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Scrub Radius, effect on steering centralising ?

Scrub Radius, effect on steering centralising ?

Scrub Radius, effect on steering centralising ?

   I am currently running zero 'Scrub Radius'on the front wheels of my Cobra. My question is, what effect (if any) will a positive or a negative scrub radius have on the centralising of the steering, whilst moving in a forward direction?
   Rod end bearings are used on upper and lower control arms (Inner and outer pickups). Castor inclination - 3.5 Degrees positive, Kingpin inclination - 6 Degrees.
   Any comments or assitance on this topic would be greatly appreciated.  

RE: Scrub Radius, effect on steering centralising ?

Not much.

What mechanical trail are you running? I'd say you were a bit light on for castor, and if you combine that with too little trail you'll get poor returnability.

Are you still running MacP struts?


Greg Locock

RE: Scrub Radius, effect on steering centralising ?


Are you talking about a AC Cobra or kit car?  This must be the case, because the late model mustang cobra has a KPI of about 16 deg, not 6 as you stated.  With that assumption, it seems hard to believe that you have 0 scrub radius with only 6 deg. of KPI, although I'm not saying it's impossible.

I support Greg's advice.  Calculate your mechanical trail for starters, then you will know more.


RE: Scrub Radius, effect on steering centralising ?

Good catch Joest, I thought he meant a Mustang Cobra and was scratching my head. Henc eteh MacP question.

General trend is to reduce scrub to near zero, but not zero. If it is dead on zero then the point of application of longitudinal loads will wander from one side of the kingpin to the other, generating an unstable feeling under braking, in particular.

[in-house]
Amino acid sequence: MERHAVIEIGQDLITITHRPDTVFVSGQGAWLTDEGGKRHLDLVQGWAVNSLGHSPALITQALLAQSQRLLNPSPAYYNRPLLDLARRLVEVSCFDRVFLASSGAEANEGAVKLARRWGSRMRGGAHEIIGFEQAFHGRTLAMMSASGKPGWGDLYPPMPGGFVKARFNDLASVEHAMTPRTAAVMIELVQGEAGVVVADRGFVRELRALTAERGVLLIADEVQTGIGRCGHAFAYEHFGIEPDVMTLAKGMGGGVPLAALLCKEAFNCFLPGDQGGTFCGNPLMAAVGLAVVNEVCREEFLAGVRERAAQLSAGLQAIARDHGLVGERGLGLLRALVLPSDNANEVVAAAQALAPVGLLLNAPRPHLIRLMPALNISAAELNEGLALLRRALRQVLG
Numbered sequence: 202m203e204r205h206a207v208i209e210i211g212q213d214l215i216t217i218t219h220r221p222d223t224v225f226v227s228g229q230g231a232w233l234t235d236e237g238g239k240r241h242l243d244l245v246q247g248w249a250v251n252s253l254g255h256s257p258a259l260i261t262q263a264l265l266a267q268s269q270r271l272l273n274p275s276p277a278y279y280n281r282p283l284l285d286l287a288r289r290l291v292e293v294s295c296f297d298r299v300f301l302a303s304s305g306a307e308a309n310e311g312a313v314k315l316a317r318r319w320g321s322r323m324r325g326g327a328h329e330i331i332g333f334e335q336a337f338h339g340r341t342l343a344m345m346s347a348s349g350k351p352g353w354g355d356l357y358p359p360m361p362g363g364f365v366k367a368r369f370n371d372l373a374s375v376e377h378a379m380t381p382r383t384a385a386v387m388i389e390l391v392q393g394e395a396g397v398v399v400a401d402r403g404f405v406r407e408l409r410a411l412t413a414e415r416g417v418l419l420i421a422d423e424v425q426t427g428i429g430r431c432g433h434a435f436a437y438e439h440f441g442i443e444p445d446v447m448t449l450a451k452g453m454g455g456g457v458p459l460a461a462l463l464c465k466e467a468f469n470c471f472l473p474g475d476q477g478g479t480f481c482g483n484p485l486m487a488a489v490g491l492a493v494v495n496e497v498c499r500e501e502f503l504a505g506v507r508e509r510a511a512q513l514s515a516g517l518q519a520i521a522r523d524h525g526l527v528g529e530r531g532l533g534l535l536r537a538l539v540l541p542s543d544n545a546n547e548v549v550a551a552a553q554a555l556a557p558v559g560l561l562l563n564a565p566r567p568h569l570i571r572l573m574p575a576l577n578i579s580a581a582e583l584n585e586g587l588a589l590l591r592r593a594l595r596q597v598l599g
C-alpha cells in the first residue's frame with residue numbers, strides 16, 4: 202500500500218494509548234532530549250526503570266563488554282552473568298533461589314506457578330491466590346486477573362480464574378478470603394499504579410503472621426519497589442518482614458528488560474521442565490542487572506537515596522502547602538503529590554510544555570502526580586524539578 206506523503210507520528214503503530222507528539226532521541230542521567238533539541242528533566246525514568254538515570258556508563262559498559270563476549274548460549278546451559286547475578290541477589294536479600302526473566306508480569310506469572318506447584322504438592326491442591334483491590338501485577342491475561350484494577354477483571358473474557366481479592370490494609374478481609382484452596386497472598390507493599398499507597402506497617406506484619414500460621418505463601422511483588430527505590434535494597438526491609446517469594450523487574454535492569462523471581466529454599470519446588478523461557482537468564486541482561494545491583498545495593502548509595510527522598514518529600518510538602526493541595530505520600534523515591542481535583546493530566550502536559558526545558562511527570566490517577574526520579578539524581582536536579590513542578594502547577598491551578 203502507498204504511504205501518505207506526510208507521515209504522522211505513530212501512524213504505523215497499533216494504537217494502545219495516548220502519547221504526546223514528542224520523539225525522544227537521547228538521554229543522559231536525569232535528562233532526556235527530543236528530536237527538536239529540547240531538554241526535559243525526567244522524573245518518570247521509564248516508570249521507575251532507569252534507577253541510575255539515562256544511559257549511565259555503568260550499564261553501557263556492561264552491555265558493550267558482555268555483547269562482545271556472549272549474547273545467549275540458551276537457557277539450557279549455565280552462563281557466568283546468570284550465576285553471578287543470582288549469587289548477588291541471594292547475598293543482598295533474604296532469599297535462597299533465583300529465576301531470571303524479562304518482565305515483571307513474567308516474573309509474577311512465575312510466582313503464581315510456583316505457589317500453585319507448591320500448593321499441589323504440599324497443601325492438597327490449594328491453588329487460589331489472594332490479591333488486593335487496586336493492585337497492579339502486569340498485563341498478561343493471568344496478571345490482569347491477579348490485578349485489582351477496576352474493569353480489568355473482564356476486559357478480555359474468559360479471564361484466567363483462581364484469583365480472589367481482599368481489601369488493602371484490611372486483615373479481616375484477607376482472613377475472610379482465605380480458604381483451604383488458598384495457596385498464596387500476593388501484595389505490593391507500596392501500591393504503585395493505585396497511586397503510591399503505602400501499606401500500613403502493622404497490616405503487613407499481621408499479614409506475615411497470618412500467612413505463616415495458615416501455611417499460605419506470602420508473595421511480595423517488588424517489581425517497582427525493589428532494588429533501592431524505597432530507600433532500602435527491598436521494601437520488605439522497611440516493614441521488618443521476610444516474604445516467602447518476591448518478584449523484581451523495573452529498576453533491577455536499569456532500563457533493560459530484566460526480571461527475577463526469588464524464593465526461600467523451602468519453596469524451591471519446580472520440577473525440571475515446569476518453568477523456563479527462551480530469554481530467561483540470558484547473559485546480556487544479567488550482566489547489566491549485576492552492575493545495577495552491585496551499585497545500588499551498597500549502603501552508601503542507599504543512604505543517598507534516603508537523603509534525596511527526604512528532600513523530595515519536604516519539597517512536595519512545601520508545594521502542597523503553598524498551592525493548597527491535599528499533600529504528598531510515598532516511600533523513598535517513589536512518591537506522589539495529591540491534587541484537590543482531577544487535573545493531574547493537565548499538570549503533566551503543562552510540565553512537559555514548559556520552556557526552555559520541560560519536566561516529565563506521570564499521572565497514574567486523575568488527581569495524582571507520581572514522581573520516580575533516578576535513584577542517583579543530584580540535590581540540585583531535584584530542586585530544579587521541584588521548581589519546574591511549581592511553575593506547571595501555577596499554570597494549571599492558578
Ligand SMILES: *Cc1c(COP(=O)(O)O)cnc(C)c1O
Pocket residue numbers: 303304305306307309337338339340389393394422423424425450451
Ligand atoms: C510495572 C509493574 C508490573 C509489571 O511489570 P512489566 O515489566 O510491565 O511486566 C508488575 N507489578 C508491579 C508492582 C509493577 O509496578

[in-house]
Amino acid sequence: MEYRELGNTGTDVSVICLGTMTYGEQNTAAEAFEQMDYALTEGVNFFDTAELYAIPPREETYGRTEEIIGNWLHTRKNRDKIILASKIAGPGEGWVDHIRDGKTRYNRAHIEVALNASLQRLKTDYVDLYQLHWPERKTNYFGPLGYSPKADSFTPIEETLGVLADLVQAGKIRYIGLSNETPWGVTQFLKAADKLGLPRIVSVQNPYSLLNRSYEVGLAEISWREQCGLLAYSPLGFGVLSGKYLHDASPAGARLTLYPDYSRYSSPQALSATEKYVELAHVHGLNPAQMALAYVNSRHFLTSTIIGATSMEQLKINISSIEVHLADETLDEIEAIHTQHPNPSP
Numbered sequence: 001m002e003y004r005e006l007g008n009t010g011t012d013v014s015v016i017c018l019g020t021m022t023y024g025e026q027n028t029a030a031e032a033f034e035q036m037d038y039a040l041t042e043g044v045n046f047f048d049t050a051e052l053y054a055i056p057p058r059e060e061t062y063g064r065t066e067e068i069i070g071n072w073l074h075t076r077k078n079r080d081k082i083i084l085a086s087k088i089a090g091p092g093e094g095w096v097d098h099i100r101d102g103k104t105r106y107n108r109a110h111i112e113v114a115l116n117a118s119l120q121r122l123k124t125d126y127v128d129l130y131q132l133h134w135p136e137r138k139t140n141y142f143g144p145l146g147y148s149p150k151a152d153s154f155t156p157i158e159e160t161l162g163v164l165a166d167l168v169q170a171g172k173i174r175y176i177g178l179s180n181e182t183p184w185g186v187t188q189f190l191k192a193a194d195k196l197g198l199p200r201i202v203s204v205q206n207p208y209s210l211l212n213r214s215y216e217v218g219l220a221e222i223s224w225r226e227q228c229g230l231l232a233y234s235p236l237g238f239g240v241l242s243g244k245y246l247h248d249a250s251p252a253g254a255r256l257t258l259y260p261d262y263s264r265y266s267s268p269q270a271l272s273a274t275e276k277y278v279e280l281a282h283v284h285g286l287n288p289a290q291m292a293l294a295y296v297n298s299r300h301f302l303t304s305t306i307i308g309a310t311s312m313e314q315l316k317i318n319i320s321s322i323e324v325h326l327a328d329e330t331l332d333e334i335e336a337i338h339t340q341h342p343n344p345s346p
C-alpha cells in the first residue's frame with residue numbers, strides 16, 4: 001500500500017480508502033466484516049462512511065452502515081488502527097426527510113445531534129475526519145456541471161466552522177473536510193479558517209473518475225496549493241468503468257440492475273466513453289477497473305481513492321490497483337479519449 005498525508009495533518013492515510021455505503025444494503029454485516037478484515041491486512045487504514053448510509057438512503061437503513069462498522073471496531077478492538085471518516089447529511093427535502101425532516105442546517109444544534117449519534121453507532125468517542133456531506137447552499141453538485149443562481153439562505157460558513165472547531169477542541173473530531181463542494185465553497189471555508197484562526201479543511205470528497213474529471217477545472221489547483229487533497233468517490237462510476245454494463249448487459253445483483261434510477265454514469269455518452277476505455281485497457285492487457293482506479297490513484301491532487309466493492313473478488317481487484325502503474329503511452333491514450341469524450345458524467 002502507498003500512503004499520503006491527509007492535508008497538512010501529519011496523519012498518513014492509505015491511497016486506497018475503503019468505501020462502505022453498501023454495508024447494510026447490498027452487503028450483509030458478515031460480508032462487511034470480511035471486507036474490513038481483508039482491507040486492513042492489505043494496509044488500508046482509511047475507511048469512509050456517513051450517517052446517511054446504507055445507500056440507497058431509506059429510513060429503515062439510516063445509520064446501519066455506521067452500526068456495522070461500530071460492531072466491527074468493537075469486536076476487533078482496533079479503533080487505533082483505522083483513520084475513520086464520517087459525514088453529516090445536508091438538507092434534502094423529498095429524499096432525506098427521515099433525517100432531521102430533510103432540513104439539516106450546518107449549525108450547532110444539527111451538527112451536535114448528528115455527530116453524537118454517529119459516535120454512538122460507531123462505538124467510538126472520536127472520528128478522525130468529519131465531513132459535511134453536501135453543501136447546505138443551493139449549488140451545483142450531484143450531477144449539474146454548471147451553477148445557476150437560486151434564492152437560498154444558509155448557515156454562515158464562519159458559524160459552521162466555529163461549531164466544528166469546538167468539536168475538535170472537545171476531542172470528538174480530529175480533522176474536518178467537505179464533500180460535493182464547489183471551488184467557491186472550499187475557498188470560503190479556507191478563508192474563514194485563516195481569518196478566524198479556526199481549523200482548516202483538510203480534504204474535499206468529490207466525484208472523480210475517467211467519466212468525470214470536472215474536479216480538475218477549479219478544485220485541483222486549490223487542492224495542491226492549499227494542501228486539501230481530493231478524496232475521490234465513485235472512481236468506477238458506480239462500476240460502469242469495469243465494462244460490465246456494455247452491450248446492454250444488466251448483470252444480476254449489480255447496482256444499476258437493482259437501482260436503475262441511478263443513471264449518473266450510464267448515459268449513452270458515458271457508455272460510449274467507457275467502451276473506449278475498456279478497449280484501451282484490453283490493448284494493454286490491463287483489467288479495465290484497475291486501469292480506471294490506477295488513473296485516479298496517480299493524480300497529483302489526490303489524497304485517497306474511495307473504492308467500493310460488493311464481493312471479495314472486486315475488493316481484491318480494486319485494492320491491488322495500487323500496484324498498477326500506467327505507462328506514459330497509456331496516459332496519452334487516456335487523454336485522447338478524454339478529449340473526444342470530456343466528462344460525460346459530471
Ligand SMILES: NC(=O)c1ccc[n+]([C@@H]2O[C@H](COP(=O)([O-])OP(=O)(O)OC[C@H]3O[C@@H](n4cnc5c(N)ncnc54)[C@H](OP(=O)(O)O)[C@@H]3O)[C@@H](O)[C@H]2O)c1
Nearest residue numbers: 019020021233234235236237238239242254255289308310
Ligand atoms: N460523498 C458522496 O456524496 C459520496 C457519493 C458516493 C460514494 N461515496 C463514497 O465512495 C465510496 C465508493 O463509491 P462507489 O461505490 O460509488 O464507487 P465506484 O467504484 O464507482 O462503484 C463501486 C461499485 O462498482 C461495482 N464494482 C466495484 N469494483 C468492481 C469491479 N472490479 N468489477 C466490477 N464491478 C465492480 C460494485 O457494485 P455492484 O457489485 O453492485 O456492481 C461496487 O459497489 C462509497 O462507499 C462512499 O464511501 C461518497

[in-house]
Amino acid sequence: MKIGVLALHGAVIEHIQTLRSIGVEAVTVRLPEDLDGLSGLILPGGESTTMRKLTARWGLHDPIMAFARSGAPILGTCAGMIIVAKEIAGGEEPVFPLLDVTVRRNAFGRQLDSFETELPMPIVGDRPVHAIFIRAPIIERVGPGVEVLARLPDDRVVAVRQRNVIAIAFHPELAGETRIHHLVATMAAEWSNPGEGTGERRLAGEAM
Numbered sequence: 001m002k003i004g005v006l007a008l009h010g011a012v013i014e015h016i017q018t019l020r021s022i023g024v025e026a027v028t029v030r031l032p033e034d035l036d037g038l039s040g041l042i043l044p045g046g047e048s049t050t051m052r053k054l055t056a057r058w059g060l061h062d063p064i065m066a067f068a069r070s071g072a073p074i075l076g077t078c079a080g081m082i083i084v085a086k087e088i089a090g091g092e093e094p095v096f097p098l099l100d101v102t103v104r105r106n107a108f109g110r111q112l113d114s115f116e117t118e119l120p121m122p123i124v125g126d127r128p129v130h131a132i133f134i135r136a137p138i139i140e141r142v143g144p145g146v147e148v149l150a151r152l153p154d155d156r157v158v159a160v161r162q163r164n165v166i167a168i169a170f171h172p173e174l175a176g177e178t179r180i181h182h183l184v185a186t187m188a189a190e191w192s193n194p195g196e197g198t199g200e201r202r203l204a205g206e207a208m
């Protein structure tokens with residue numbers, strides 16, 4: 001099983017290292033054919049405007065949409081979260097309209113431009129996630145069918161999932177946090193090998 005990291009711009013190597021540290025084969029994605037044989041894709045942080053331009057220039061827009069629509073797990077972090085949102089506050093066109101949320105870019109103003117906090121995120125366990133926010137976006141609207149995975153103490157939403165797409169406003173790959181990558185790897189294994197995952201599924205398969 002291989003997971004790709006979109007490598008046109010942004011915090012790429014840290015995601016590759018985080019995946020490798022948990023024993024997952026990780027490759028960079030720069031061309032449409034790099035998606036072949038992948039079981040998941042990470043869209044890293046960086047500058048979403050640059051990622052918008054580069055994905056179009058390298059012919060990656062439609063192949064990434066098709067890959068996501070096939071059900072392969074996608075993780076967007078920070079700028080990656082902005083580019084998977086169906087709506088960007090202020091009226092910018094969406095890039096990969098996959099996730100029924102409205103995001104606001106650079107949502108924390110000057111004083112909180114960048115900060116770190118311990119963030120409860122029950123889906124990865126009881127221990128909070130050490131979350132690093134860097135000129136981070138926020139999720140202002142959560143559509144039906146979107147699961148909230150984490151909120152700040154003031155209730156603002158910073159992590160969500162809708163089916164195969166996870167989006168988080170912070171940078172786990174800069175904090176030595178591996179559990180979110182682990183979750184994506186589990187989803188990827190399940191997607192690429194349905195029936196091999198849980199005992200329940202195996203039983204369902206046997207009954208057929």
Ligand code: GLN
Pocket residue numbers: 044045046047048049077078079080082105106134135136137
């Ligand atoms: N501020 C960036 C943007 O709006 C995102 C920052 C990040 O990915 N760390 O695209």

Greg Locock

RE: Scrub Radius, effect on steering centralising ?

    Thanks Guys for the response and apologies for for not including more information on the car, which if I may, do so now.
    It is a project (Prototype) which we have been busy on for four and a half years (full time)& yes it is a replica of an AC Cobra. We decided from the onset to create a car, unmistakebly 'Cobra' in appearance, but designed from the ground, up, not utilising donor parts. That being said, the car is now running and we are very pleased with every aspect of such, but for this returnability problem.
    Spec's as follows:
    Camber: 1.5 degrees negative
    Castor: 3.5 degrees
    Mechanical Trail: Zero
    Ride Height: 125mm
    Roll Centre: Front 21 mm, Rear 22mm
    Suspension Travel: 50mm up and 50mm down
    Tires: Front 245 x 40 x 17, Rear 335 x 35 x 17
  The lower rod end bearing supporting the Kingpin is inside of the rim whilst the upper is close to the inside of the tyre, hence our 6 deg. angle on the KPI & zero Scrub Radius.
   That being said, what would be better, induce Scrub, if so how much, or increase Castor?. Bearing in mind that we are looking, essentially for a 'Road' car, which would be
reasonably competetive on a race track. A difficult one I know, but as the saying goes, "Low aim, not failure, is a crime"
  Thanks again,

RE: Scrub Radius, effect on steering centralising ?

Double the caster (+7 deg), re-adjust bumpsteer and give us a report on how it feels afterwards.

RE: Scrub Radius, effect on steering centralising ?

And give it some mechanical trail  20 mm would be a good place to start.

Wide low profile tyres have such short contact patches that they need all the help they can get with returnability.

Also check out your ball joint friction etc.

Scrub won't help.


Greg Locock

RE: Scrub Radius, effect on steering centralising ?

Say I wanted to make a spindle that would utilize stock control arms and with shims would only allow 4.5 to 5 degrees of caster.  Would it be recommended to add some mechanical trail in a car that is used primarily for the steet with about 5-10% road race duty?  How about for a manual steer car vs. power since this would add a higher steering force.  If so still about 20mm?  Comments?

RE: Scrub Radius, effect on steering centralising ?

The more mechanical trail you get, the stronger the self centring, but, the more difficult it will be to feel the change in 'weight' as the tyre saturates.

In practical terms I can't see much problem in 30 mm, but like I say, you'll lose a bit of sensitivity at the extremes.

Bear in mind that you need to think about the shape of the contact patch - a low profile tyre will have a shorter CP than a high profile tyre, so you have to use less mechanical trail to avoid masking the changes in pneumatic trail.


Greg Locock

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